Anonymous said...

"Conjugating bioethics and natural moral law" - who decides what the natural moral law is? Shouldn't this be decided by the court of law in conjunction with scientists and scholars and not some religious authority.

The catholic church has in the past often displayed how outdated its idea of morality and ethics are, by campaigning against against the use of condoms in South America and Africa, where people are dying by the millions - of AIDS. Right, asking them to abstain is one solution, but it obviously doesn't work, and any amount of 'confessions to the sin' in the church wont avoid AIDS.

As for abortion - ask the pregnant teenager or a rape victim what she wants, don't ask the church for God's sake. Let alone the pope, but no man knows what it is to be pregnant. Raising an unwanted child for 18 years is beyond thought for them.

It would be great if you would let this comment stay on your blog - for sake of freedom of speech. But, I would not be surprised if you took it off and would respect your decision - it is your private space after all, on the internet.

Anyways, greetings and yes - God Bless You!

Annie said...

I'm not afraid of dialogue or putting my name to it. I hope anonymous #1 comes back for a visit since this space is for dialogue. You have not been insulting or denigrating so there is no reason to exclude your voice.

Quanah said...

a.k.a anonymous #1

"Who decides what the natural moral law is?" A very good question, indeed. One may say what they want about the Church, but the State absolutely has no authority to decide what the natural moral law is. First, who gives the state this authority? What does history tell us about states making judgments for themselves about natural law? The very same court system and legislature that outlawed slavery was also the one that said blacks are only 3/5 of a person and "separate but equal." Scientist? There is no consensus among scientist. Scholars? Same thing. An example: Many would say natural law upholds homosexuality. Um, the plumbing doesn't fit. Hmm, even at a basic biological level it's not natural.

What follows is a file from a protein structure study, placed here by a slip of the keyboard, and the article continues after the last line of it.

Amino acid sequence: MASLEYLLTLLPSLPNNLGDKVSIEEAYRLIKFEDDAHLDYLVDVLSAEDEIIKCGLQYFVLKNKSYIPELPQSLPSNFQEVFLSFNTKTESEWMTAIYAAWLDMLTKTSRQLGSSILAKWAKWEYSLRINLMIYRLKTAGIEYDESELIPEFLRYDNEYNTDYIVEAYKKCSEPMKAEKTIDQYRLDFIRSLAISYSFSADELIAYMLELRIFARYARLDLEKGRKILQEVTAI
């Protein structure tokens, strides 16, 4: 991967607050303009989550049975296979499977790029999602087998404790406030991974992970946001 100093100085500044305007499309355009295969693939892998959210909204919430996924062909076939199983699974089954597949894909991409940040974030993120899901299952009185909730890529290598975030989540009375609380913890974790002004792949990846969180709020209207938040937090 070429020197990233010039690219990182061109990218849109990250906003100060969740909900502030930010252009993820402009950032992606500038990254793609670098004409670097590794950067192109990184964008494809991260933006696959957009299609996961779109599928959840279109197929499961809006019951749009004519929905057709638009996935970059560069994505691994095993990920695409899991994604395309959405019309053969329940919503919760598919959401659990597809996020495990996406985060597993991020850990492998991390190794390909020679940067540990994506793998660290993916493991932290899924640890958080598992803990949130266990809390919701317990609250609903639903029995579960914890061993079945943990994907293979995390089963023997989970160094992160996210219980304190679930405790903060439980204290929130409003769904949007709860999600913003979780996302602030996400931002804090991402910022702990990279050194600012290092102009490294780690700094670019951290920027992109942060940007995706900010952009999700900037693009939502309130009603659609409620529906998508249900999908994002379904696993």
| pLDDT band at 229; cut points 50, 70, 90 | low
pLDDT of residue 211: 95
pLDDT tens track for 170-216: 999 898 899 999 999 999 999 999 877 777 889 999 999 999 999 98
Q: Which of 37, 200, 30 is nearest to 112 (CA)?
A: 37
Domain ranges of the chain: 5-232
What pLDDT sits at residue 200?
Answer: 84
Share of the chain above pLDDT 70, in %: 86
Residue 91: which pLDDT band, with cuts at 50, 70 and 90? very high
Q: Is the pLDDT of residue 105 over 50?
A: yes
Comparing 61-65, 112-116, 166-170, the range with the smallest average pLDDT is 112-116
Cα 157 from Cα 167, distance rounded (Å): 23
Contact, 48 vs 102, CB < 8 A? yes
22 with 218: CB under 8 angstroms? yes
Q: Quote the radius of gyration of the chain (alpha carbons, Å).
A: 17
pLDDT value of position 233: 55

The Church does not make up Her teachings. The Church's teachings are ancient and perenial. They are also not the product of human reasoning, but founded on Divine revelation. When we get right down to it, people don't like the Church's answers because what the Church teaches is hard. The simple fact of the matter is that condoms are not nearly as effective as people would like to think they are. And this has been acknowledged by medical professionals who have down exstensive studies on condom use. There is only one country in Africa that has been seeing a significant decrease in AIDS for the past few years. The Church has a very strong presence in that country and people are following Her teachings in that country. Everywhere else the likes of Planned Parenthood say,"it's getting worse; send more condoms." More condoms are sent and the problem just doesn't seem to get better. Hmm.

As an aside, I often wonder why so many people think that supporting a woman getting an abortion (even a rape victim or teenager) is putting themselves in her shoes. I wonder what the rape victims and teens who have had abortions would say about that. There are many apostolates that help women who have suffered abortions. These women never say they wanted the abortion or that they were glad they got it. They always say that if they had the support they needed from the fathers or from their family that they wouldn't have gotten the abortion. Hmm, isn't the support they crave exactly what the Church tells us we should give. But not the state. The state says, "This child [who could be given for adoption] is going to ruin your life. Abort! Abort! Abort!"